Methodological framework of the CRC | Cancer Registy of Crete - Department of Social Medicine - University of Crete

Methodological framework of the CRC

The CRC has recently introduced a new research framework that aims to reform and enhance research capacity in Crete.

The new digital cancer monitoring system (CMS) is suitable for accommodating and managing “big data” according to international standards of disease coding (ICD10o) and data privacy. It is connected with a GIS system that exports instant reports, maps and other results by applying spatio-temporal analysis and dynamic models. A pilot study was performed to test the following: functionality, validity, reliability and accuracy.

Accredited personnel of the CRC will collect and import data using a unique password in an online platform (dbase). Validity of data is tested at real time through three stages:

a) during data entry

b) after data entry by the CMS auto-functions

c) after data entry by the CMS administrator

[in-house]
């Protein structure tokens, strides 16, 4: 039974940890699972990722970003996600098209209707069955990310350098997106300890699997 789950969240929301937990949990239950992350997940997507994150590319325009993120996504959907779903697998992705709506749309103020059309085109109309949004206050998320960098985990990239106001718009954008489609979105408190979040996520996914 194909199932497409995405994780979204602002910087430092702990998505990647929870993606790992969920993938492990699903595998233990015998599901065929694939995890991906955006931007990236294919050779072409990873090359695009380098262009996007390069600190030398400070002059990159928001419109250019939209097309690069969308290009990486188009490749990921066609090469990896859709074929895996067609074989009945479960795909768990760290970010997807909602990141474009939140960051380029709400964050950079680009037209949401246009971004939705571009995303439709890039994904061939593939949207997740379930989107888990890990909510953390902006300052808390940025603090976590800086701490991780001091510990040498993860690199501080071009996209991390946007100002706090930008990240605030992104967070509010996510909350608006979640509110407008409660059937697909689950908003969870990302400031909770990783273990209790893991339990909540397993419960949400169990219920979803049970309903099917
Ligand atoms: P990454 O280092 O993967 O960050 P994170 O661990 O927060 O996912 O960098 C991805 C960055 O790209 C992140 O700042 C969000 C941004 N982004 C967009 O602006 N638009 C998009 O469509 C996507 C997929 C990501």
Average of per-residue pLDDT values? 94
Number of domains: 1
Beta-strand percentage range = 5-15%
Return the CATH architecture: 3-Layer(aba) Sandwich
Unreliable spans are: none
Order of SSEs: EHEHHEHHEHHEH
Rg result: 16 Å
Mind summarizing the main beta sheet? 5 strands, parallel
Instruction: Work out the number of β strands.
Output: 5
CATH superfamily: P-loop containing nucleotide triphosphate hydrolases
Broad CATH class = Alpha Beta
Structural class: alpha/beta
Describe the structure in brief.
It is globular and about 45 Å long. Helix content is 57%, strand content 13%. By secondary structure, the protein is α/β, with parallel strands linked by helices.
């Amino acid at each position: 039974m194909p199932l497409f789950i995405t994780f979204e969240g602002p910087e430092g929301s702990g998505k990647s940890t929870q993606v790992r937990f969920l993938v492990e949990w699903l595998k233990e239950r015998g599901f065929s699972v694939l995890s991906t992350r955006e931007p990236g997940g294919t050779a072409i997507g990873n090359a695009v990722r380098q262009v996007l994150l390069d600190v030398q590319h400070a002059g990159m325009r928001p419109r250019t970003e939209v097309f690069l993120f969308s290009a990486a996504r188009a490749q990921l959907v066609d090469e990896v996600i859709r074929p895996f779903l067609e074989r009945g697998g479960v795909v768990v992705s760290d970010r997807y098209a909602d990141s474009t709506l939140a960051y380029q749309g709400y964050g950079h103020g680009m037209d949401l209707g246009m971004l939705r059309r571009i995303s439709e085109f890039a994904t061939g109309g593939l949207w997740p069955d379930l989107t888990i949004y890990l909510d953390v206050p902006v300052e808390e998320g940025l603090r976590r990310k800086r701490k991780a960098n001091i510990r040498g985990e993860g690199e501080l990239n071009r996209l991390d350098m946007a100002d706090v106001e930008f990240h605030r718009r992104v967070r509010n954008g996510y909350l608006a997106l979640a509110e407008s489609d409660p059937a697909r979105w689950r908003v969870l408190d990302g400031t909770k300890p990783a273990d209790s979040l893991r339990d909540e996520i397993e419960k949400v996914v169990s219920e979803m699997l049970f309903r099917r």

The CRC follows a circular monitoring process. A sample of this process is presented in the following figure.

Figure 1: Diagram of an integrated circular monitoring process.

The above circular process of the CRC ensures:

  1. Direct access to the information, input/output records, error management, mining data, feedback network.
  2. Instant reporting
  3. Connection with other statistical and spatial software systems such as SPSS, STATA, System for Geografical information [GIS (Arcmap)] or/and remote sensing  (ERDAS) in order to define probable correlation with environmental exposure etc. [figure 1]
  4. Creation of interactive maps and information tables [figure 2]

Figure 2: GIS flowchart

Figure 3: GIS visualization of real world and attributes (hidden information)

Furthermore, there is a three-stage data control through three different nodes  (1. recorders: during data entry, 2. System and analysis administrator: responsible for data mining and analysis 3. MD-oncologist: responsible for data quality).

All this information could help to perform spatio-temporal analysis, which can predict the occurrence of new cases (interpolation prediction models) in regions lacking data based on the registered data (time or location trends). In addition, the organization of the collected data would allow the identification of factors influencing the occurrence of cancer and the monitoring of cases of spatial clusters and hot spots of increased cancer incidence facilitating the implementation of preventive action and measures.